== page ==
A spokesman for King told ThinkProgress that the bill was introduced in response to previous resolutions recognizing the Muslim celebration of Ramadan and the Hindu Diwali. King, in fact, mirrored his Christmas resolution on the Ramadan one, according to the spokesman:
The Christmas resolution Congressman King has offered is only being offered because there have been two previous resolutions earlier this year in October, one for the Muslim holiday of Ramadan and one for the Hindu holiday of Diwali.
It was actually entirely unprecedented to even consider them for a vote. Religions have not been singled out and honored previously in Congress. But now that this precedent has been set, Congressman King thought it was important to honor Christmas. This is just simply the exact same language used as the Ramadan resolution on Oct 2.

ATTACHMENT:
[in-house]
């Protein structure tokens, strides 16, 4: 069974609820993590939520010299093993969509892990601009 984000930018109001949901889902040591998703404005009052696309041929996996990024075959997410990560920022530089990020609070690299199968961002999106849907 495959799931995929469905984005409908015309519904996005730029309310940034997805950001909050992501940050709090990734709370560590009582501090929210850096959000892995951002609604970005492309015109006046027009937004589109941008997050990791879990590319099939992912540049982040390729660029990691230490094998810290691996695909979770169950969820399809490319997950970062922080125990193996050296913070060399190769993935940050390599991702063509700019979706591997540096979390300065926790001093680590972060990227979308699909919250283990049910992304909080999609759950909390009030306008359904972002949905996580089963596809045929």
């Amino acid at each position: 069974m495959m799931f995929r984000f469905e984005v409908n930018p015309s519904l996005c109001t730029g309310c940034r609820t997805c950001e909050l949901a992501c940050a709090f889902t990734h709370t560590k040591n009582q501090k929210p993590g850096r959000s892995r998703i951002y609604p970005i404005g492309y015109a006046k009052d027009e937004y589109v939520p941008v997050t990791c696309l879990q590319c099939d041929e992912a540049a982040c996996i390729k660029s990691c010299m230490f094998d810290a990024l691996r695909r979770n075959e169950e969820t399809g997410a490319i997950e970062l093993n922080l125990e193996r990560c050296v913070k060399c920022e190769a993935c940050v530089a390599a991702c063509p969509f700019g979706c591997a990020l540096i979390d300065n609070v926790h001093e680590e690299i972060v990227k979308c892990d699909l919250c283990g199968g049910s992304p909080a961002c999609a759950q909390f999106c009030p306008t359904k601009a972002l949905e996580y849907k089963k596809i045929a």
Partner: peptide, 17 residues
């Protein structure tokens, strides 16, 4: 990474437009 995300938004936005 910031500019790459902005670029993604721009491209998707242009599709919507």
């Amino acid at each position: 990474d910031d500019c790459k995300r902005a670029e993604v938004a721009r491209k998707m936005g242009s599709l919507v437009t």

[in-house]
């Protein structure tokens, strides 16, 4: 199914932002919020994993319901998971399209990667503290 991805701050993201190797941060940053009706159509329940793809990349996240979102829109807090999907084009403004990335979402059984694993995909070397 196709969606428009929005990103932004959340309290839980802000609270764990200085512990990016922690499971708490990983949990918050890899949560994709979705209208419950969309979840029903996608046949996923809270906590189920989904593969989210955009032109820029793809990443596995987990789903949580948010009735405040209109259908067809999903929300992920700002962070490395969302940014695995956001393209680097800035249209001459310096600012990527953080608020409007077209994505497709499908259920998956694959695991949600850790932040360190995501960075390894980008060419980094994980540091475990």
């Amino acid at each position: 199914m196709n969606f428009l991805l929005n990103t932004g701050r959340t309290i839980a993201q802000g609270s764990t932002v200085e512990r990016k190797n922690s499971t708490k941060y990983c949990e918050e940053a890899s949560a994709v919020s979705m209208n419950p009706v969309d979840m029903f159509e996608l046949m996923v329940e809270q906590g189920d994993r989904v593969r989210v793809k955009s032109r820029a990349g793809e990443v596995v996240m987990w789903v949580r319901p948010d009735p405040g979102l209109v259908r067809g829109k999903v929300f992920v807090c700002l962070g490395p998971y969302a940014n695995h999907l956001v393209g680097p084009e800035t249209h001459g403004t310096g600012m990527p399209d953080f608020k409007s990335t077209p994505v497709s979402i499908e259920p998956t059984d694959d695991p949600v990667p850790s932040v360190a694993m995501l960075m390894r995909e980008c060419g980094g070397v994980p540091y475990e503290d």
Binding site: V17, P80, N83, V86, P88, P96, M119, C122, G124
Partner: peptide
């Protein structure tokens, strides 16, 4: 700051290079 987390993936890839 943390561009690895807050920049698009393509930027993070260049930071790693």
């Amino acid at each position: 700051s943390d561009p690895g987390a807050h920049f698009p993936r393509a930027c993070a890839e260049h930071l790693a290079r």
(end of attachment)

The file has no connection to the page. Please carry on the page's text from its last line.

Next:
Yet King didn’t even vote for the Ramadan resolution. King instead joined a handful of right-wing lawmakers, including Reps. Virgil Goode (R-VA) and Tom Tancredo (R-CO), who voted “present.” (They didn’t want to explicitly vote “no” because they didn’t want to be seen “as not commending religion in general.”)
Additionally, it’s questionable whether these religion resolutions are truly “unprecedented,” as King’s office claims. In the 109th Congress, the late JoAnn Davis (R-VA) also introduced a resolution recognizing the “the importance of the symbols and traditions of Christmas.” King voted for that bill.